Building a bike is an expensive and time-consuming process, traditionally reserved for devoted hobbyists and the very wealthy. But as cycling gains a stronger foothold in American cities, it’s likely that such skills will become more commonplace in design education programs. Leading the way is Nicholas Riddle, a designer at Easton and the founder of the Urban Mobility Lab at the California College of the Arts.
Since 2010, Riddle has headed up a two-course curriculum in CCA’s Industrial Design department that teaches students to design, prototype, and fabricate bikes. Students learn oxy-acetylene-brazing, the industrial welding technique traditionally used to made frames, as well as emerging fabrication methods like 3-D printing. Riddle’s co-teachers are well-known custom bike builders, like the owner of Raphael Cycles Rafi Ajl and bakfiets fabricator Matthew Feeney. Together, they are teaching a young generation of designers the tools needed to develop a better urban bike.
“I’m hoping we can evolve the bicycle further,” Riddle says. “These classes are teaching fabrication techniques that will allow students to prototype new modes, and new proposals, of transportation.” In particular, that means developing a more diverse set of solutions for the urban commuter. Right now, the average cyclist picks their bike from a relatively short list of off-the-shelf road and hybrid frames. Cargo bikes--aka bakfiets--are difficult to find, and often very expensive. And commissioning a custom frame is a major undertaking. At CCA, Riddle is exposing a broader range of designers to the myopic bike-building community. More designers means more ideas, and eventually, a more diverse and adaptive market. The program has already produced a range of bikes, from hemp frames to cargo bikes designed specifically for delivery people--the most under-served (and at-risk) category of urban cyclist.
Riddle’s own bikes reflect his goals at CCA. He got his start like many of his peers, building forks and frames in his spare time. Over the winter he completed his first commission, a custom cargo bike for husband-and-wife graphic design team Shape Field Office, with whom he shares a studio. The Shape Field Bike is an unusual hybrid of road and porteur frame. It was modeled after the client’s beloved 1978 Cinelli Supercorsa, adapted to carry their office’s heavy materials and books around San Francisco. Riddle designed a lugged frame that mimicked the Cinelli’s geometry, but extended the bottom tube out over the wheel to create a removable wooden cargo bed. “The front rack was perhaps the most challenging as we wanted something removable, stable and yet blended in with the dominant lines on the frame,” he tells Co.Design. The frame can carry up to 80 pounds. Little details like Honjo fenders and inverse Paul breaks--not to mention the laser-cut wood signage--give the bike the air of a luxury custom build. But it’s the frame that makes it truly unique.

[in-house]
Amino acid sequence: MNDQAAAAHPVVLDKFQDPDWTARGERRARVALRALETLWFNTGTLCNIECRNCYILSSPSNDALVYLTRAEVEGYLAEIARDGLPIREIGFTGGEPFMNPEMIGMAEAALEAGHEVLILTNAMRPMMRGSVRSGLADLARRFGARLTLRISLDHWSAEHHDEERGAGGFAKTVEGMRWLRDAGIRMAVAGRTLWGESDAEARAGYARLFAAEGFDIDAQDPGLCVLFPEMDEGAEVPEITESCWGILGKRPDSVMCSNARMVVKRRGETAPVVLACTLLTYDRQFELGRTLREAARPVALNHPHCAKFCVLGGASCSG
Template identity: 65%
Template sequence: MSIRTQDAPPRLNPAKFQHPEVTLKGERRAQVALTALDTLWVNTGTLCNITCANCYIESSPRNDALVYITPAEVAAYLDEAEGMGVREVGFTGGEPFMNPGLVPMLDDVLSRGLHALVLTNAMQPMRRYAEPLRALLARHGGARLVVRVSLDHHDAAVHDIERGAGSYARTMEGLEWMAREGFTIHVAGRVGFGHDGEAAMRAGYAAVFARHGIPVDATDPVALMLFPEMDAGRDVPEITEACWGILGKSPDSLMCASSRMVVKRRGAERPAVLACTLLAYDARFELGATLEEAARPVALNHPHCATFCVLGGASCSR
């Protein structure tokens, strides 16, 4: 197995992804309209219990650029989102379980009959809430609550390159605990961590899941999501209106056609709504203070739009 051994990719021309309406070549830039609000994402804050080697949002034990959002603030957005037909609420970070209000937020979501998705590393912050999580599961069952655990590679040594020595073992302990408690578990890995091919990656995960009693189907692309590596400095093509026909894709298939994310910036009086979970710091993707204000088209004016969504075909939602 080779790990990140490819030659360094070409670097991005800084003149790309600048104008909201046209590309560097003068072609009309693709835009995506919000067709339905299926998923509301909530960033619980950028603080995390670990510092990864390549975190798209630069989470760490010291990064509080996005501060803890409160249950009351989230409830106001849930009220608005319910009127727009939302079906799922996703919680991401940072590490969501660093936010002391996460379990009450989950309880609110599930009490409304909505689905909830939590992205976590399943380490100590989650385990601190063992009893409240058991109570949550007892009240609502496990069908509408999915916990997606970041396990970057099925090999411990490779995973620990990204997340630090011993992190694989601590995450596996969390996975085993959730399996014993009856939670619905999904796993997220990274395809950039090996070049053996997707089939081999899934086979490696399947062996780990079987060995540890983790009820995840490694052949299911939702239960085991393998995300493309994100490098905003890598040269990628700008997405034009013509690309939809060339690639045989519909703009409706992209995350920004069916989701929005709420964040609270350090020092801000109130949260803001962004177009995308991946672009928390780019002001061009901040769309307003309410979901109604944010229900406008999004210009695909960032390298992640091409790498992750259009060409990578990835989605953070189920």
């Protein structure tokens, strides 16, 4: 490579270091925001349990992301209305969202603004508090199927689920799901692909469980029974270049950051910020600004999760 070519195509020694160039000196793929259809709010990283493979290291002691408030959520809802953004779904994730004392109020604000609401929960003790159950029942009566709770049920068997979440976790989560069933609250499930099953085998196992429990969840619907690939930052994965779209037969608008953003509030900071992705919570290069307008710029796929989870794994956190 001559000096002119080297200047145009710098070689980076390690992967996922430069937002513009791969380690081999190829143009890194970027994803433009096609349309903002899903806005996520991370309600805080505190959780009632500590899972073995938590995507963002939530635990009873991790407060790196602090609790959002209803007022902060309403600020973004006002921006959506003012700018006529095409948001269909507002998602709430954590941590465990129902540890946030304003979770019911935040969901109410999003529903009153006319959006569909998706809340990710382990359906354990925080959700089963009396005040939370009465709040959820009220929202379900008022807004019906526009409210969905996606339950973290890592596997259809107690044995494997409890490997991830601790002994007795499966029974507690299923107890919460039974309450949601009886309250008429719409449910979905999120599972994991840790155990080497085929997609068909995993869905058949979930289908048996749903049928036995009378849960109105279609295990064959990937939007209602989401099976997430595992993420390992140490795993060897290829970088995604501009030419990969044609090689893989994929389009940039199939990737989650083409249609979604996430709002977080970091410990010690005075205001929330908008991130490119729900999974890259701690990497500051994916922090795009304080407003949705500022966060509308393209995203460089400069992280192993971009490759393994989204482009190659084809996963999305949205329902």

As his program expands, Riddle hopes that more planners and designers will investigate urban mobility within the framework of the bike. “It’s something that has a rich history, is accessible to the masses, something just about everyone had as a child and yet is this beautifully refined structure that demands attention in your craft,” he explains. “Frankly, there’s no object on earth I love more.”